Monday, January 29, 2007

A Programmer Imperative

It is too easy to hype anything on the Internet. When I started career in this field I believed that information on web is very useful, but today as I see it, has become truly unreliable. These days, it's inevitable to assert the authenticity of any information. Viral marketing propaganda is common on internet as it is the easiest way to spread anything across globe, for many it is a "beautiful" business model to generate wealth.

I usually find people around me, ignorant of these hyped information, believing and expressing everything they find on web - which is mostly *not correct* or simply hyped up. It is easier to influence good number of people about "shared interest and biased views" which then drives a trend in community.

Take for example the hyped candidates: Web2.0, Agile, Ajax, Ruby etc. They are certainly not bad but are perceived in inexact ways (defeating the purpose);I find half of the people talking about these topics without understanding it or interpreting it to suit "their understanding". They are neither well read about it (articles are insufficient), nor do they understand it well.

Some people around me talk about agile methods and extreme programming, some try to criticize it ("Extreme Programming is one more excuse.."). Never in their life they've developed a software piece, even if they did, they did it in their own special and not so inspirational way, how can we give statement so allegedly? Some rolling stones perceive Web2.0 as sites with Dynamic Html effects with Ajax, they don't care why web2.0 and what exactly it is.

Fresh graduates are fallaciously evangelized to use specific technology/methodology, these masses are like blank slates, intemperately impressed by a good "English" speaker, They start believing without knowing the practical benefits and trade-offs of it. These hypes draw biased pictures in fresh brains which results in poor idea propagation, bad generation and software career scars.

It is always easy to observe a problem than to solve it. IMHO, The least we could do is to ask ourselves some basic questions like,

  • Do we really understand what we are talking/expressing about?
  • Do we need to be jack of all trades? should we learn every new stuff?
  • Should we pass on or express anything we don't even understand completely?
  • Can we question 'why' rather than following blindly?
  • Can we not do good without convoluting the information?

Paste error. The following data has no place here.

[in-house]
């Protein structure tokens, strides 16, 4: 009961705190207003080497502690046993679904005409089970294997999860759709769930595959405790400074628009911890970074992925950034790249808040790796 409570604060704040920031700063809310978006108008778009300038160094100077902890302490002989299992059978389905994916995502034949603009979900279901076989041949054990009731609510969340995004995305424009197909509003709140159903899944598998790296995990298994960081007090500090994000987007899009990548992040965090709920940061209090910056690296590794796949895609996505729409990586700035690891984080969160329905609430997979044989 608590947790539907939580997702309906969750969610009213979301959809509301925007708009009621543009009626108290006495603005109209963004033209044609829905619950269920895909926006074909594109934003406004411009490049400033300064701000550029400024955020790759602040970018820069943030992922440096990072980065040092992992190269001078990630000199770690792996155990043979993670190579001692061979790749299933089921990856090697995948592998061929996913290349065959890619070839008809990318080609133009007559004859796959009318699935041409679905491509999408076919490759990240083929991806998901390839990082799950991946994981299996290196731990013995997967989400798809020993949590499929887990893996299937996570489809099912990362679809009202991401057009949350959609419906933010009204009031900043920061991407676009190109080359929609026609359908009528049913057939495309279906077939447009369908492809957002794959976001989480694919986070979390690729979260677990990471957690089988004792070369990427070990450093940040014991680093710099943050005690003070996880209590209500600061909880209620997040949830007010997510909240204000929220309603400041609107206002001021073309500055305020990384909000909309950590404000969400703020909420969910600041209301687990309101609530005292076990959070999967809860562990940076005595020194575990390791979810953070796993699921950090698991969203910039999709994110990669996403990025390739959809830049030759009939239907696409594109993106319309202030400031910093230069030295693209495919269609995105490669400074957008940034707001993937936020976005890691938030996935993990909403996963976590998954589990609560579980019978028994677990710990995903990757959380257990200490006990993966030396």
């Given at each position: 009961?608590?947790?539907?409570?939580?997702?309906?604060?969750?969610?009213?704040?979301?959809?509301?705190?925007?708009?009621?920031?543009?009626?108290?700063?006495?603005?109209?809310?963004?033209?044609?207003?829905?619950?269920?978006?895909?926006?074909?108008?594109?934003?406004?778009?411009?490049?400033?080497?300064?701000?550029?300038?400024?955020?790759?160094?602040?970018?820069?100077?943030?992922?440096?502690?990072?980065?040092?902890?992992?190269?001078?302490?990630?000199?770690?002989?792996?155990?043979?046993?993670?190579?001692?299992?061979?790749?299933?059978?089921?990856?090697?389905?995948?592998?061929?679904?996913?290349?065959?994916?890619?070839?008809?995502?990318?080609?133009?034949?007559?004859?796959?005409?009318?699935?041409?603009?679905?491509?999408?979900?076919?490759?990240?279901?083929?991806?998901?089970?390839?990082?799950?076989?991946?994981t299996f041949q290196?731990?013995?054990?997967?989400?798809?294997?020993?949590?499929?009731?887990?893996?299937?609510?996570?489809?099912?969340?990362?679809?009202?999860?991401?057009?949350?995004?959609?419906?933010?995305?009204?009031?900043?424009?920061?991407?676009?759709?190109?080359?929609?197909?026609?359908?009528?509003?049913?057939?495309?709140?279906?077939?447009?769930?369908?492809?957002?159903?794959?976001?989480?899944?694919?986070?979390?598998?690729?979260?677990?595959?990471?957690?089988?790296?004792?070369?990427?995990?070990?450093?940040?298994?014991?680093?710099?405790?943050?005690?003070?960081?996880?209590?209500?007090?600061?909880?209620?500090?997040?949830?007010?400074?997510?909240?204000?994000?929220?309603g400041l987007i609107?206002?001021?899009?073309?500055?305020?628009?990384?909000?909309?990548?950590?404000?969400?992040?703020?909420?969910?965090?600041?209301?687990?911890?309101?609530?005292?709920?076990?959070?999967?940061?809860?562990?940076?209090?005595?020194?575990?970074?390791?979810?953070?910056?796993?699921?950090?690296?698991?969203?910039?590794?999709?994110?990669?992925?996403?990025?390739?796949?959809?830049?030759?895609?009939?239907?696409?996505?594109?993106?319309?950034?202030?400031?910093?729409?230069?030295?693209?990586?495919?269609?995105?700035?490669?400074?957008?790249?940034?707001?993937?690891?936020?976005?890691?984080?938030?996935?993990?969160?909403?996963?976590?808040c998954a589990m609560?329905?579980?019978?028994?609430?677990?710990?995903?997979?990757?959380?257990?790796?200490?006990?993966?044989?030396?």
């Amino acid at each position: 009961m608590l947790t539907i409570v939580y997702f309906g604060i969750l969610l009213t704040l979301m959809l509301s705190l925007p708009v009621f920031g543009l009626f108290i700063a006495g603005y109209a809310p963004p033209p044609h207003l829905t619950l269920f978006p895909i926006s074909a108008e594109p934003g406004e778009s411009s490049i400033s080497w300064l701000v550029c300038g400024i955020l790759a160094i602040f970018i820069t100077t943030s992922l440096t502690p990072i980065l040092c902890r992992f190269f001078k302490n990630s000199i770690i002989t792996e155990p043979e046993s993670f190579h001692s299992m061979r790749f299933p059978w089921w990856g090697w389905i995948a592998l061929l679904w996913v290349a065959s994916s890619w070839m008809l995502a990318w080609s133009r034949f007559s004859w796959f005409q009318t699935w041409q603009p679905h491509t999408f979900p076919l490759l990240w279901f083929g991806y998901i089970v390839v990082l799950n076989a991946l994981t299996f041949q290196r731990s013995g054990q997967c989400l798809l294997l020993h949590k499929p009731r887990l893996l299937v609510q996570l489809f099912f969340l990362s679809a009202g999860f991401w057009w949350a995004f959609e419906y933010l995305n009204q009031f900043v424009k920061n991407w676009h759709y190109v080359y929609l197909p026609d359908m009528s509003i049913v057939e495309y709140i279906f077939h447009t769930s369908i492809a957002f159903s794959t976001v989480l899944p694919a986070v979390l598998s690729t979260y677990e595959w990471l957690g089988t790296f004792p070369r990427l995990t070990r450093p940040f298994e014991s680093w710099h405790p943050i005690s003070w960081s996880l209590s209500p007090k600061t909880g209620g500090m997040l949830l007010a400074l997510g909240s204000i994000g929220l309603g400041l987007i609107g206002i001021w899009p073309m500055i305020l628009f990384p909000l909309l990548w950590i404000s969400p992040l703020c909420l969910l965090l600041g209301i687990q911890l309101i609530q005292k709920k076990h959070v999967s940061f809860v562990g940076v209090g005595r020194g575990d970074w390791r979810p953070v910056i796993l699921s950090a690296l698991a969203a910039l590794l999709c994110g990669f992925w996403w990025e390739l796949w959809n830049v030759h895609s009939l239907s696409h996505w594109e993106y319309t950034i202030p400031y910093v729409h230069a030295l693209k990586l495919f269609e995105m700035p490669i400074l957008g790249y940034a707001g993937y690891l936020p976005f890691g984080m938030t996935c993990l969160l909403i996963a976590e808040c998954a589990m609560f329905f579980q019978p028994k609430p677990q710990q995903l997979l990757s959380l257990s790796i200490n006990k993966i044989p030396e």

Motivate, not manipulate, to lead.


Shefali said...

True, when you talk about the internet hype. But, is there any way to contain the hype? I do not know.

For a fresher and a self-learner it is difficult to differentiate between a hyped practice and a real practice as hype disguises to look real.

I wonder what you have to tell these people other than mere self-questions.

Nirav said...

But, is there any way to contain the hype? I do ...

I hope you mean is there anyway to control the hype.

Agreed that being fresher mostly isn't an excuse (I don't think fresher really knows s/he's fresher, and those who know, they are fooling themselves), all I can think of suggesting is to imbibe pragmatic practices in academics. This way academics will produce fewer freshers.

I wonder what you have to tell these people other than mere self-questions.

These "mere self questions" are sufficient to make people conscious before they think of doing what they should not. Consciousness is all we require, IMHO.

Sriram said...

It is indeed true that lots of people, especially freshers, get swayed by buzzword-compliant self-proclaimed experts.

I use the following filters to decide whether something is just a buzzword or not:
1. How useful is this in the real world ?
2. How will it change what we're doing at present ?

For e.g., when describing the GWT, I'd say "GWT takes away the pain of cross browser XSL/XML, Javascript". Rather than just state "GWT is a cool AJAX toolkit !".

Or "The GWT lets you design desktop -style applications that run within the web browser. You Java business object code can reside in the browser in Javascript form, and you can use these as models to your views." as opposed to "GWT changes the way you think about AJAX!"

When deciding whether a person just using buzzwords or not, I see if that person is backing his claims with working code.

Nirav said...

Well said Sriram,

Yet, I think code can't always be the yardstick for judging the misconception. Take for example, When I say 'Agile' there are so many things are attached to it, and this term being so common and hyped up on internet. In fact, some of my friends have misinterpreted and swung with a hyped thing called Agile Computing.

Its kind of vicious marketing.